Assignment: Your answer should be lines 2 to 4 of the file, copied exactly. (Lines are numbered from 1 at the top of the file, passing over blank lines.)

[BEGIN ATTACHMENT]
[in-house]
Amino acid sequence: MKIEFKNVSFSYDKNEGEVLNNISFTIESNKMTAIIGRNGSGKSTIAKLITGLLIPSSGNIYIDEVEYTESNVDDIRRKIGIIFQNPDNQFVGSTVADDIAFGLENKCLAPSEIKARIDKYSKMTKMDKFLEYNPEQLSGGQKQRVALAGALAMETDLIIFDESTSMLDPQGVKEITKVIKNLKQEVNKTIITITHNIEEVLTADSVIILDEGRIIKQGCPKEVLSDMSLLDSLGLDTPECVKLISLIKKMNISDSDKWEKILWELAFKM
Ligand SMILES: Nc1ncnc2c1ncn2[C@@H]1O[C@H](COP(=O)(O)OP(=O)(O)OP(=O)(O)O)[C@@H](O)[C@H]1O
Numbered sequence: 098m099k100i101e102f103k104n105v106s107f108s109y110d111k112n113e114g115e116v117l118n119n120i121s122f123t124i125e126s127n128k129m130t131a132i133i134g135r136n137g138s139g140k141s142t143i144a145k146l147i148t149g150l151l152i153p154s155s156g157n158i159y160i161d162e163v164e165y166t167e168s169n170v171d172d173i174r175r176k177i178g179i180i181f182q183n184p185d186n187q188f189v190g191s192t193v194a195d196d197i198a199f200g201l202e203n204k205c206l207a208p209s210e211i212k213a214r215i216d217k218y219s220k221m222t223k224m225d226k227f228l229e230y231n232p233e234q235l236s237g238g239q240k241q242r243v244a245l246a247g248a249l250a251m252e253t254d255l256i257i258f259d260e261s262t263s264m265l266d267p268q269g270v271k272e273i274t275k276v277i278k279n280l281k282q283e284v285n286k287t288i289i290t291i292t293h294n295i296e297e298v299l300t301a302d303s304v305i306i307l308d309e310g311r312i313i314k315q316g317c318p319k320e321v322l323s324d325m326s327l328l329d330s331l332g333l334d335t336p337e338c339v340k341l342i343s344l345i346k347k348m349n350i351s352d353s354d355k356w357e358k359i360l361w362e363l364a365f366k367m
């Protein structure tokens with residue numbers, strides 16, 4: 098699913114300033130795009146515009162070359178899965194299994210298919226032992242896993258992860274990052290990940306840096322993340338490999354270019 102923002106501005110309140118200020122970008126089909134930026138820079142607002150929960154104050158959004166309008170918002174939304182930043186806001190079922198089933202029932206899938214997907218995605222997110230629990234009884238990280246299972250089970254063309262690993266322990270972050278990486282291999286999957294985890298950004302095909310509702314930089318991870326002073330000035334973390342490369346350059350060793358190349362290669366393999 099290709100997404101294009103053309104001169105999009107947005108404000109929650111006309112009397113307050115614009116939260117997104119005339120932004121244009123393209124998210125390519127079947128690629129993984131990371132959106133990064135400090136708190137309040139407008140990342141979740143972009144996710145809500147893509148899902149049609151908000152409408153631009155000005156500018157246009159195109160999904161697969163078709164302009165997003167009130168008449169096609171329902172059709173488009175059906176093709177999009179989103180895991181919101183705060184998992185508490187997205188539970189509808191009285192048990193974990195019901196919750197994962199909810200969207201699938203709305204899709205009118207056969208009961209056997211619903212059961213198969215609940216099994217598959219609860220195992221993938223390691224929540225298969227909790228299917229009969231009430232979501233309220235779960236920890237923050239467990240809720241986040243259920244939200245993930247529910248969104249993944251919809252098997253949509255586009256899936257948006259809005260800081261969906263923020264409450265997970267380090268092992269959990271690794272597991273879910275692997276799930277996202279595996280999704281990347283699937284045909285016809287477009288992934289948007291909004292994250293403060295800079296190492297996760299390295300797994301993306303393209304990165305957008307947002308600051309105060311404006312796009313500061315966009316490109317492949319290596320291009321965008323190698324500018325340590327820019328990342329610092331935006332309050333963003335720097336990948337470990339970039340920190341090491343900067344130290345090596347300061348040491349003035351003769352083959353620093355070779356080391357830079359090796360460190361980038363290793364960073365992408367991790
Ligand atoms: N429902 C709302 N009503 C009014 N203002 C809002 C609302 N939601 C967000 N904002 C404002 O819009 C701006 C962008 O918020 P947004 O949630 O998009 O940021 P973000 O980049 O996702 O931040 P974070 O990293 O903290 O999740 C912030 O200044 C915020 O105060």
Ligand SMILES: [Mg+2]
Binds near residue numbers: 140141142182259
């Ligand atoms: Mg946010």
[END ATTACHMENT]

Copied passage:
Amino acid sequence: MKIEFKNVSFSYDKNEGEVLNNISFTIESNKMTAIIGRNGSGKSTIAKLITGLLIPSSGNIYIDEVEYTESNVDDIRRKIGIIFQNPDNQFVGSTVADDIAFGLENKCLAPSEIKARIDKYSKMTKMDKFLEYNPEQLSGGQKQRVALAGALAMETDLIIFDESTSMLDPQGVKEITKVIKNLKQEVNKTIITITHNIEEVLTADSVIILDEGRIIKQGCPKEVLSDMSLLDSLGLDTPECVKLISLIKKMNISDSDKWEKILWELAFKM
Ligand SMILES: Nc1ncnc2c1ncn2[C@@H]1O[C@H](COP(=O)(O)OP(=O)(O)OP(=O)(O)O)[C@@H](O)[C@H]1O
Numbered sequence: 098m099k100i101e102f103k104n105v106s107f108s109y110d111k112n113e114g115e116v117l118n119n120i121s122f123t124i125e126s127n128k129m130t131a132i133i134g135r136n137g138s139g140k141s142t143i144a145k146l147i148t149g150l151l152i153p154s155s156g157n158i159y160i161d162e163v164e165y166t167e168s169n170v171d172d173i174r175r176k177i178g179i180i181f182q183n184p185d186n187q188f189v190g191s192t193v194a195d196d197i198a199f200g201l202e203n204k205c206l207a208p209s210e211i212k213a214r215i216d217k218y219s220k221m222t223k224m225d226k227f228l229e230y231n232p233e234q235l236s237g238g239q240k241q242r243v244a245l246a247g248a249l250a251m252e253t254d255l256i257i258f259d260e261s262t263s264m265l266d267p268q269g270v271k272e273i274t275k276v277i278k279n280l281k282q283e284v285n286k287t288i289i290t291i292t293h294n295i296e297e298v299l300t301a302d303s304v305i306i307l308d309e310g311r312i313i314k315q316g317c318p319k320e321v322l323s324d325m326s327l328l329d330s331l332g333l334d335t336p337e338c339v340k341l342i343s344l345i346k347k348m349n350i351s352d353s354d355k356w357e358k359i360l361w362e363l364a365f366k367m